The friendly brain of family dogs

Research on how pets think and bond with people could teach us more about ourselves

CorrespondentJuly 5, 2010 

  • Brian Hare

    Title: Assistant professor of evolutionary anthropology at Duke University

    Age: 34

    Family: Wife, Vanessa Woods

    Education: Harvard University, Ph.D. in biological anthropology (2004); Harvard, M.A. in anthropology (2000); Emory University, B.A. in anthropology and psychology and human and natural ecology (1998)

    Philosophy: "I try to chase a question I am passionate about answering to the end of the world if necessary. I love everything about discovery - particularly when it might give us insight into the mind of another being, and this understanding might lead to a more compassionate world."

— Rocky was hungry. But when a stranger tried to give him food, the pooch had to decide whether he trusted her as she pointed to where some tasty morsels might hide.

Initially, he stared at her finger, refusing to move. Finally, he trotted to the cup she had hidden the food under and knocked it over.

Rocky is a 3-1/2-year-old Pekinese, and his trust test is one of many run daily at the Canine Cognition Center at Duke University. The lab uses ordinary family pets such as Rocky in different behavioral experiments to help researchers understand how dogs think and bond with humans - and vice versa.

"It's interesting to see how Rocky makes decisions and how he reacts based on how he feels about the researcher running the experiment," said Claudia King, a Greensboro resident who owns Rocky and plans to return to the lab for more experiments. "All of this makes me think about dogs' thought processes and how they think. There's a lot more to them than we know."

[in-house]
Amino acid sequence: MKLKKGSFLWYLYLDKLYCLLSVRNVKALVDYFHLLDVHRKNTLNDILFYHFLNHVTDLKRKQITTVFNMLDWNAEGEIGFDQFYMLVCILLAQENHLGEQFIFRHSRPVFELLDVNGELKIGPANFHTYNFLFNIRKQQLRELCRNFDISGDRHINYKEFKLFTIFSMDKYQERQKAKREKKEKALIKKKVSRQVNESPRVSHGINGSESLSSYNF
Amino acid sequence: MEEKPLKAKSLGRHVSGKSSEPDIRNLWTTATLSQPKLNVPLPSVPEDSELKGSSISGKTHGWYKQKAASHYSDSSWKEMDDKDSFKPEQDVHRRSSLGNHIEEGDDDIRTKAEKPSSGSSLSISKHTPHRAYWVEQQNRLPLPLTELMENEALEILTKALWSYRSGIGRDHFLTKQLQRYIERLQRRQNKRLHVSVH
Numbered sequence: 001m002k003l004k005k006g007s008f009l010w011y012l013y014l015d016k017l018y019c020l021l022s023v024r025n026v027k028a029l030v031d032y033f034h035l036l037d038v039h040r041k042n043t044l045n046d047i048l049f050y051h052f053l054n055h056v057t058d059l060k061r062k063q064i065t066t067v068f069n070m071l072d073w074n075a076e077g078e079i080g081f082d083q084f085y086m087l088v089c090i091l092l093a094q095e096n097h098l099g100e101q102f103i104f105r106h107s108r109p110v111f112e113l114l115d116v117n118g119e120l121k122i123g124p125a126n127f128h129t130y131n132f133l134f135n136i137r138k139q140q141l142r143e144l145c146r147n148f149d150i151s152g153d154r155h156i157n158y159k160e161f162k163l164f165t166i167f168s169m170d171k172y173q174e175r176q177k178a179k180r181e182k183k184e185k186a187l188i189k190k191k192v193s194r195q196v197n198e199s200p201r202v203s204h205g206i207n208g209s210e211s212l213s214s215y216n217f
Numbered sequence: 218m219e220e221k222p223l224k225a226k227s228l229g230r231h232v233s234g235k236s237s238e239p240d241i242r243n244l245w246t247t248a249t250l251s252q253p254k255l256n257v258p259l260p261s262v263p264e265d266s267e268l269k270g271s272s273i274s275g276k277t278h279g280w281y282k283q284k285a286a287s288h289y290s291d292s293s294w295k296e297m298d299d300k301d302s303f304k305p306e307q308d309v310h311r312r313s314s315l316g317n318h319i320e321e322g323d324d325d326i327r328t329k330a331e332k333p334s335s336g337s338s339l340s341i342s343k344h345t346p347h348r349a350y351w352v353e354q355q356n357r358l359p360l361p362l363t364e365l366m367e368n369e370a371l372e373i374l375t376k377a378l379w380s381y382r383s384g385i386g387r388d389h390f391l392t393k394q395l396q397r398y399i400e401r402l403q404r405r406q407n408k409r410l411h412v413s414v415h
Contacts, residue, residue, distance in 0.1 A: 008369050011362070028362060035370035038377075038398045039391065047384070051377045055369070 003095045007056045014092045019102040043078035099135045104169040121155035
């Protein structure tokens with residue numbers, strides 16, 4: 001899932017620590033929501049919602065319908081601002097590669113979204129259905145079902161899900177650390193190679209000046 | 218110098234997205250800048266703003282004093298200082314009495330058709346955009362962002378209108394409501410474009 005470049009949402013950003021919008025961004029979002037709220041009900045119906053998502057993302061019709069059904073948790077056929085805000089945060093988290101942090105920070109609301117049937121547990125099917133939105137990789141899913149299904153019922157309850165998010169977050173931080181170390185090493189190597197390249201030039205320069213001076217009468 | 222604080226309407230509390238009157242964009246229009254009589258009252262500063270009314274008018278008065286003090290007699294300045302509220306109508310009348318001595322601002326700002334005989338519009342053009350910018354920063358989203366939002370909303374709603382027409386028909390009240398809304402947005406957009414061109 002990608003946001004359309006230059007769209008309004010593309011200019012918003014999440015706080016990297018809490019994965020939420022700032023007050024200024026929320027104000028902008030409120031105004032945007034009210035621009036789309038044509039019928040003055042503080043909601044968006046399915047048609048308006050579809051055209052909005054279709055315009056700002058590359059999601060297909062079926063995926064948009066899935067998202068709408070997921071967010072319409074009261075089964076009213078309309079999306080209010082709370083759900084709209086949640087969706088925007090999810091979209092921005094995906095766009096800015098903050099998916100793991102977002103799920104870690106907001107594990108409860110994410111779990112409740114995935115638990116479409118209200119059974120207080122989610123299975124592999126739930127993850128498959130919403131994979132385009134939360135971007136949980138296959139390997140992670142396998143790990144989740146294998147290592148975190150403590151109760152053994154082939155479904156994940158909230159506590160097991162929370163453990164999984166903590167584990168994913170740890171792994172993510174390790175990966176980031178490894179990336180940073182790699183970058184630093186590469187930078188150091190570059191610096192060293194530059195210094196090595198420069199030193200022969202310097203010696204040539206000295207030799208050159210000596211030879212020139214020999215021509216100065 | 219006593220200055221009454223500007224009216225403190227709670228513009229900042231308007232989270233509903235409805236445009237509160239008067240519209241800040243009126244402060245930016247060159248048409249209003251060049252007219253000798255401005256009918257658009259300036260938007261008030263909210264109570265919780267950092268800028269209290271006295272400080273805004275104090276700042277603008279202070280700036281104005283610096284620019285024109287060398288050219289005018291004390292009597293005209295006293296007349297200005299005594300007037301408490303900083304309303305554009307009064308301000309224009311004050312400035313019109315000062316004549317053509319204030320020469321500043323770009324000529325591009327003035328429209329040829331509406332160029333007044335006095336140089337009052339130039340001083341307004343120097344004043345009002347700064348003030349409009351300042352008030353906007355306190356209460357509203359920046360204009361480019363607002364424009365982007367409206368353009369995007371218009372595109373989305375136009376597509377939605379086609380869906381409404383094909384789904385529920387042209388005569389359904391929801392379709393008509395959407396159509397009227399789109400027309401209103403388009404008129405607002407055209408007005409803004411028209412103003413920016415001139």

Brian Hare, the Duke evolutionary anthropology researcher who runs the center, opened his lab last fall as part of a small research field nationwide looking at canine cognition. The hope is that knowing more about what goes on in dogs' minds and how they communicate will improve training programs for service and companion dogs and offer a deeper glimpse into human psychology.

In fact, it's possible that humans are responsible for dogs' cognitive abilities.

"It very well could be a product of domestication - the effect of dogs living with humans for so long - that led to dogs evolving with the skills to understand and interpret," Hare said. "Finding out how this evolved in dogs could help us figure out how the same skills evolved in our species."

Through generations of living with people, dogs have learned to perform high-functioning mental cartwheels, Hare said. They have a social intelligence that eludes even primates who have long been considered humanity's closest relative.

By simply fetching a ball or gobbling up food on the floor when their owner points to it, dogs, including puppies, show they can read and understand hand gestures. Primates can't make the same connection.

"Despite being very smart and cunning, chimps struggle with this behavior," Hare said. "They can't solve this really simple problem. So, the fact that they can't and dogs can makes this very important information in understanding the link between human and canine behaviors."

A shell game to test trust